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Thursday, January 27, 2022

DU V-C admits tough vs liberal state boards affects admissions, says needs review

🔴 In an interview with The Indian Express, DU V-C Yogesh Singh said, “In the present system, there are issues which are to be addressed. We cannot ignore the performances of students of different boards, like Uttar Pradesh Board... They are not liberal vis-à-vis other boards."

Written by Aranya Shankar , Sukrita Baruah | New Delhi |
Updated: November 27, 2021 7:22:35 am
Delhi University (DU) Vice-chancellor Yogesh Singh

Delhi University (DU) Vice-chancellor Yogesh Singh on Friday said the current system of admissions at the university had “issues” that needed to be addressed, as different school boards marked students differently creating a discrepancy.

In an interview with The Indian Express, Singh said, “In the present system, there are issues which are to be addressed. We cannot ignore the performances of students of different boards, like Uttar Pradesh Board… They are not liberal vis-à-vis other boards. They are very tight while giving marks. So their students may be suffering; they are. If they want to take admissions in Delhi University, they don’t have a fair chance.”

He said DU was looking at how to conduct admissions next year, and the process would be finalised in an Academic Council (AC) meeting on December 10, after approval from the Executive Council (EC) on December 17.

“The first option is to continue with the present system. The second option would be normalisation of marks of various boards… Suppose in one board, topper is of 90% and in another board, the topper is of 70%, we make all 100% normalise the marks of all students and then determine merit. This is also a technique but it is slightly difficult to implement because for some of the boards we may not get the data which is accurate. There may be some issues, but it is doable. Like BITS (Birla Institute of Technology) used to do it in the initial stage,” he said.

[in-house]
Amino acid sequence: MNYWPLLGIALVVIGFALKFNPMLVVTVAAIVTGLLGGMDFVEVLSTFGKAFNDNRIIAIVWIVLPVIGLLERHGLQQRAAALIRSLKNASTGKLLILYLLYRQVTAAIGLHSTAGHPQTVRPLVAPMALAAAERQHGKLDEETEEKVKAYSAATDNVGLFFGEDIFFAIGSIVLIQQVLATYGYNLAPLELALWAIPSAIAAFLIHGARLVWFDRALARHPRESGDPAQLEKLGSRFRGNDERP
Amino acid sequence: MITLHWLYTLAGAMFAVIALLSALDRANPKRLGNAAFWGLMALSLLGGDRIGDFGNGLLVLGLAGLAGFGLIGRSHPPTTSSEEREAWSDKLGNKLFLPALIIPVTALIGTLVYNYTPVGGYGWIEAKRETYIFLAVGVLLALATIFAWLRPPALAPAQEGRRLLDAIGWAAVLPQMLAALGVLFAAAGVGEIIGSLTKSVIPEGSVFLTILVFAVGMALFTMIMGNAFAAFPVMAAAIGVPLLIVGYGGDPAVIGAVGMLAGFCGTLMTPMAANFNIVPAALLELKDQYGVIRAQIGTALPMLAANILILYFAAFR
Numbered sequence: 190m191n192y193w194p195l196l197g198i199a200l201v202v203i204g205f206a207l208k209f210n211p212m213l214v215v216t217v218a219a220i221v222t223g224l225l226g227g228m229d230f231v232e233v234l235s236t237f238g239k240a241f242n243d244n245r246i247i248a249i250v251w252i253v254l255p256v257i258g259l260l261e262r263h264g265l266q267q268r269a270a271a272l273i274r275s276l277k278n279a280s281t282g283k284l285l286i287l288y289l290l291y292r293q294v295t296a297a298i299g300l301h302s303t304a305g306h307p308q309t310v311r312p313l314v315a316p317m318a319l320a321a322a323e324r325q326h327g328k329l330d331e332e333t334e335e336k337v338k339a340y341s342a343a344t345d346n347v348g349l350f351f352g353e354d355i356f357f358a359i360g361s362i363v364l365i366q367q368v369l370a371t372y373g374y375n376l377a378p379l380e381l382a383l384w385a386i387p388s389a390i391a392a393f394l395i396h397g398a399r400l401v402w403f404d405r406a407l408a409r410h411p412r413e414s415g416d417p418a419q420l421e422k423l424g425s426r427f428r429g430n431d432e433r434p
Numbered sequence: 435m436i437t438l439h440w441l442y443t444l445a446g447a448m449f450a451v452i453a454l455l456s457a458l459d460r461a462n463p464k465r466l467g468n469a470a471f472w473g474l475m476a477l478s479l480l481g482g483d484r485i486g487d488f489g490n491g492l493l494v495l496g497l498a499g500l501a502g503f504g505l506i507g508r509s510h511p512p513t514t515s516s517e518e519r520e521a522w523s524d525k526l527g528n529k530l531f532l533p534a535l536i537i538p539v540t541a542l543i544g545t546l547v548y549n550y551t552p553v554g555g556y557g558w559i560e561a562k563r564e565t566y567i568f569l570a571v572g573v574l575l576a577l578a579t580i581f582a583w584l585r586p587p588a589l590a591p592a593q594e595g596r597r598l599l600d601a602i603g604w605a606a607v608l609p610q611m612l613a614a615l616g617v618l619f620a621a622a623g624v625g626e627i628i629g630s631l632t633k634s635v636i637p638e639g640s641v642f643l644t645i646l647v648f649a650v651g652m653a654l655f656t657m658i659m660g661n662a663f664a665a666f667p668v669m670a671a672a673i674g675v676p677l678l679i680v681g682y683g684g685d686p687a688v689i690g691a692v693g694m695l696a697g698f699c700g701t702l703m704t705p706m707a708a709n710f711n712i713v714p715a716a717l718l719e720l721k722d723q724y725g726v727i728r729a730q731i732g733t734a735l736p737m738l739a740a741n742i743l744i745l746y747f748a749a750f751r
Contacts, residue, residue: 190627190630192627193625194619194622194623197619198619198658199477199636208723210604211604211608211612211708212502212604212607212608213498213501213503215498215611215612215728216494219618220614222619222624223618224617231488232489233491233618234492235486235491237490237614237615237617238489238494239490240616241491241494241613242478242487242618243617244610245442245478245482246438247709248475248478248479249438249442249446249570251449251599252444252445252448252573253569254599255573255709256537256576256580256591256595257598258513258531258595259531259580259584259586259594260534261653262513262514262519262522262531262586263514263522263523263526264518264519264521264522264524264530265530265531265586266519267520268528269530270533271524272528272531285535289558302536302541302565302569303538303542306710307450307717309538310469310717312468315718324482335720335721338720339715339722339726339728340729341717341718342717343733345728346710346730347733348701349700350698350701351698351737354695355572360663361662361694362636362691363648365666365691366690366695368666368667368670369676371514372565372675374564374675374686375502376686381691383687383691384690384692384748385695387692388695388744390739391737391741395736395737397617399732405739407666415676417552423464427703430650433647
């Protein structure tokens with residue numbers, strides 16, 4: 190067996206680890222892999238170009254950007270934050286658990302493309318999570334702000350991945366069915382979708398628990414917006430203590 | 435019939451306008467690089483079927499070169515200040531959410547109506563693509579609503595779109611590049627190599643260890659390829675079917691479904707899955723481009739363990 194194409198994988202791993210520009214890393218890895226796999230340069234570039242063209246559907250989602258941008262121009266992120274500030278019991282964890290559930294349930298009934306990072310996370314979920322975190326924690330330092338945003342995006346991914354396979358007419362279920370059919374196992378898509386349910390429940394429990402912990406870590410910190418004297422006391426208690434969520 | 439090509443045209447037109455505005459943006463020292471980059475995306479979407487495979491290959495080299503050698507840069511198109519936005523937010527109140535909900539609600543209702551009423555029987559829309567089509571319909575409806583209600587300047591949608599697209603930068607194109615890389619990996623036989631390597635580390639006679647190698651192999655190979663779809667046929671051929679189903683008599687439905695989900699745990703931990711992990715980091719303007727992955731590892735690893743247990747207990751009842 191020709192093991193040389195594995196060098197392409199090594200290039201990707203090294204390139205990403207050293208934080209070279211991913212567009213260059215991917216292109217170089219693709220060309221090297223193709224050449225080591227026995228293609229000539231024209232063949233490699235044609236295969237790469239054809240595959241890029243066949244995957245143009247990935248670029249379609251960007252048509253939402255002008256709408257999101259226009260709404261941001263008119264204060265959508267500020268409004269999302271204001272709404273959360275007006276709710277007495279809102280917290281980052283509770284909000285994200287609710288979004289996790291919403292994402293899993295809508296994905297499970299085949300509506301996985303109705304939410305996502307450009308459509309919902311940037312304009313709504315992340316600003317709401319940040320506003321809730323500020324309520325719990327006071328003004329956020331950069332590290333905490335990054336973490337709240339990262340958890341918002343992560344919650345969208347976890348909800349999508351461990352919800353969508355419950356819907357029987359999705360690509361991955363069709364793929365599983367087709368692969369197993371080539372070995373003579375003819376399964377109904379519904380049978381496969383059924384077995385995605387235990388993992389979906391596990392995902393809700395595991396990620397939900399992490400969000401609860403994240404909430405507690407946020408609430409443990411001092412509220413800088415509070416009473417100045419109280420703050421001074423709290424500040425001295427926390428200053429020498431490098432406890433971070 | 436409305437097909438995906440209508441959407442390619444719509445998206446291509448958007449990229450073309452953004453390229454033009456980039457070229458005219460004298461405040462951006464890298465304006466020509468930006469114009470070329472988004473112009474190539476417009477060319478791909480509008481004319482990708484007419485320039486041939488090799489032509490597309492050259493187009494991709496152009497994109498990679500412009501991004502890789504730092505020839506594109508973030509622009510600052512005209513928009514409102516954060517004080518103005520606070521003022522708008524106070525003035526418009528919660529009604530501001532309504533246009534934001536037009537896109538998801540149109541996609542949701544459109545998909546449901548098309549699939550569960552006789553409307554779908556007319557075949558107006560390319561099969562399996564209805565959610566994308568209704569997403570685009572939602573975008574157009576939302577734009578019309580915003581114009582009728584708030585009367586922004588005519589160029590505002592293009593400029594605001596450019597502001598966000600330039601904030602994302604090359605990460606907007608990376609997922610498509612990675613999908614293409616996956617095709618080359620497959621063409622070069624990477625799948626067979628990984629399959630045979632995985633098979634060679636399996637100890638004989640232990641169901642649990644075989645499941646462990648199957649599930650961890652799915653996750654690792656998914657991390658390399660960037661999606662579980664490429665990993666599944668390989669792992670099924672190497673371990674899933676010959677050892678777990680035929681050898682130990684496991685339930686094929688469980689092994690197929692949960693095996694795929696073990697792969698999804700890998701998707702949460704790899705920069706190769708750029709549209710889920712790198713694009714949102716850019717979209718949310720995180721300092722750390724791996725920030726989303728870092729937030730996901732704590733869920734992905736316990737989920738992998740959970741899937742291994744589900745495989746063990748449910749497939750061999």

Singh said the other options were to go with an entrance test — the Central Universities Common Entrance Test (CUCET) or DU’s own entrance test — or to have a “mixed mode” based 50% on entrance and 50% on board marks.

“Status quo is an option. Whether it’s a good option or not, I don’t know right now. AC meeting on December 10, the matter will be discussed… By this month we will finalise so that students will get adequate time for preparation,” he said, adding that “if AC or EC decide to go for entrance test, then CUCET is a good option.”

Asked why DU was not re-starting in-person classes on campus, Singh said students came from various states, and the status of the pandemic there needed to be taken into account.

He said DU would open for practicals for all batches very soon, but for theory classes there was a problem as the disaster management Act allows only 50% capacity, and several colleges and courses have overadmitted students.

“If DDMA allows 100% capacity, we will immediately start offline classes,” he said, adding that he would ideally like to first bring in the third-year students.

On implementation of the new national education policy (NEP) and the question of autonomy to colleges, Singh said, “If I’m not the VC and you ask me, then we should be autonomous. We should go for autonomy, it is good for everyone. But here we have to see the rules, regulations, and whether they are provisions. I’m told there is no provision in the DU Act to give autonomy to anyone.”

Singh also said that “teacher recruitment will be a regular process” in the university. On the demand for absorbing ad hoc faculty, he said, “If it is possible under law, we will do it. I cannot go beyond the law.”

“I want Delhi University to be in the first 200 best universities of the world as per Times Higher Education or QS,” Singh said. For this, the focus needed to be on improving the student-teacher ratio, quality and quantity of research, and introducing consultancy, he said.

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